If you’re thinking this blog has been rather dry lately — it has. I haven’t really felt like sharing much of our “personal” life. Much of the last year has been — overwhelming for us.
For over a year, Frank’s father has had some serious health issues. Tests, surgeries, follow up appointments, billing, double billing, medications, side-effects, drainage bags, bandages.
House cleaning of two houses. Painting, renovations, upgrading — in two houses. Paperwork for another life. Nutrition, diet, maintenance — of another life.
I’m not complaining. What I’m trying to do is explain this new realm that now outranks all the previous priorities of our own lives.
Dad’s “regular” doctor is local, and so is his pharmacist, but they’re in two different towns. And any test, biopsy, surgery, emergency — takes us far away from home. Weston is almost an hour. Clarksburg, and hour and a half. Morgantown? Over two hours away.
Most of the burden has fallen on Frank. Paying Dad’s bills, giving him daily care, taking him to the doctor, pharmacist, grocery store — that’s been Frank’s life for the last year. He mixed his own duties and chores in between those duties, and so much just fell through the cracks.
As his wife, I must remind myself to be patient. Frank has watched his father suffer and weaken over the past year, and it hurts his heart and his brain. Some days his stress has literally locked him up so that he can’t think, can’t eat, can’t function. He does stupid things like setting a fresh hot pizza to go on the roof of the car and driving off.
For several months, both the patient and the caregiver were barely tolerable. It’s understandable, but still, I have to remind myself to respond with love.
We have been relieved lately because Dad has appeared to be on the road to some recovery. The issue of his heart, veins, stomach, reaction to medication seems to have passed.We already had catch up plans sketched out for the year – a camping trip or two, garden projects, home improvements…
But there was one test waiting. A small issue of growths in the bladder that, last year, was the least of our problems. But, they have now come back to the top of the list. In six months, one of them has grown, and following last week’s test, we were now facing a biopsy.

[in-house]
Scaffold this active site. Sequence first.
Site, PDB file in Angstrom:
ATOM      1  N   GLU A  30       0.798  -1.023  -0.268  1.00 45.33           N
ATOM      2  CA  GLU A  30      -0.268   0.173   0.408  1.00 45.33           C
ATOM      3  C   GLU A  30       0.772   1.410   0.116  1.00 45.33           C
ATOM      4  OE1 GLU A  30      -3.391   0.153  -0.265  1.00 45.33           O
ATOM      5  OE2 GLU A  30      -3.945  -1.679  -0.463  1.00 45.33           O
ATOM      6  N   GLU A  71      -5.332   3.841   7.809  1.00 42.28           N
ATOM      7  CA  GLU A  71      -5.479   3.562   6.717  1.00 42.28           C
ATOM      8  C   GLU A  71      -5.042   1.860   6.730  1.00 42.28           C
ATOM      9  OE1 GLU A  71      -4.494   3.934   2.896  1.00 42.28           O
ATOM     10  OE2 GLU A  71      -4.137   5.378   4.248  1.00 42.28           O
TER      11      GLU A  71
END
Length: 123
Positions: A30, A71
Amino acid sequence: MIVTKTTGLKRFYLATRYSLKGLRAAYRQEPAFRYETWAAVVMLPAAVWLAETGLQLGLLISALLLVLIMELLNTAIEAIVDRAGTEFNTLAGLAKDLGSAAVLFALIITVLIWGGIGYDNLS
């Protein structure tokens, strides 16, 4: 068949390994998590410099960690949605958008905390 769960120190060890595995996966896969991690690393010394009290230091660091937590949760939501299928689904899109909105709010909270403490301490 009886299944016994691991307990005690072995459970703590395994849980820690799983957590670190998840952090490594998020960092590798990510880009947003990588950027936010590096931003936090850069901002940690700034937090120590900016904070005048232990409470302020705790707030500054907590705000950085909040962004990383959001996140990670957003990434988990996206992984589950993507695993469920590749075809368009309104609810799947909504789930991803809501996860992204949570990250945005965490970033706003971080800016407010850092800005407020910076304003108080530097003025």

I can see that Frank just kissed this year good-bye. His interest in the seed catalog disappeared. The pressure to get all vehicles in perfectly running order has increased. The frustration with medical billing has doubled. His money-making side projects now are simply chores that may or may not get done, and he’s disappointed. He knows in the back of his mind, it’s possible he’s not likely to get there from here. He hates what’s happening, and fears what’s coming.
So many people in this world have become caregivers for their parents, and yet we feel so alone in this situation. I keep wondering if there’s a “Spouses of Caregiving Children” Support Group out there somewhere. I even feel bad writing this, because I know it’s not about me. It’s about Frank. It’s about Dad. It’s about the love and responsibility that comes with being part of a family. A responsibility we thought we were prepared to handle.
We were not. There is absolutely no way to prepare for this. It’s bigger than you think. More depressing than you think. More frustrating than you think. More time-consuming than you think.
There are more sacrifices than you plan for, more appointments, prescriptions, paperwork. “Aging” and “health care” are general terms you prepare for. Urine bags, drainage, blood samples, loose bowels, canes, walkers, bandages, depression, and pus are the very specific things you actually deal with.
And I have dealt with very little of it.
In fact, because it’s not my father, I have to stand back and observe, and help when needed, if allowed. I know I can help by being patient, tolerant, supportive. Even though when Frank really needs all that, he’s usually being a miserable cuss.
I feel worried. Worried what this biopsy could mean for Dad, worried what another surgery could do to his weak frame, worried about another year with a stressed-out, dysfunctional husband and what that will do to him. And me. And us. Worried that any joy heading our way this year will be tainted by the realities of life.
And yet, I am also thankful. I’m thankful that Frank and I are in a situation where we can be available when needed. That our business allows us to say, “We’re closed today, Dad has to go to the doctor.” I’m thankful that Dad trusts us to help and care for him. I’m thankful that I have a husband who feels so strongly about his loved ones.
Last year was tough on us, because it was tough on Frank, because it was tough on Dad. We’re all in it together.
And that’s family.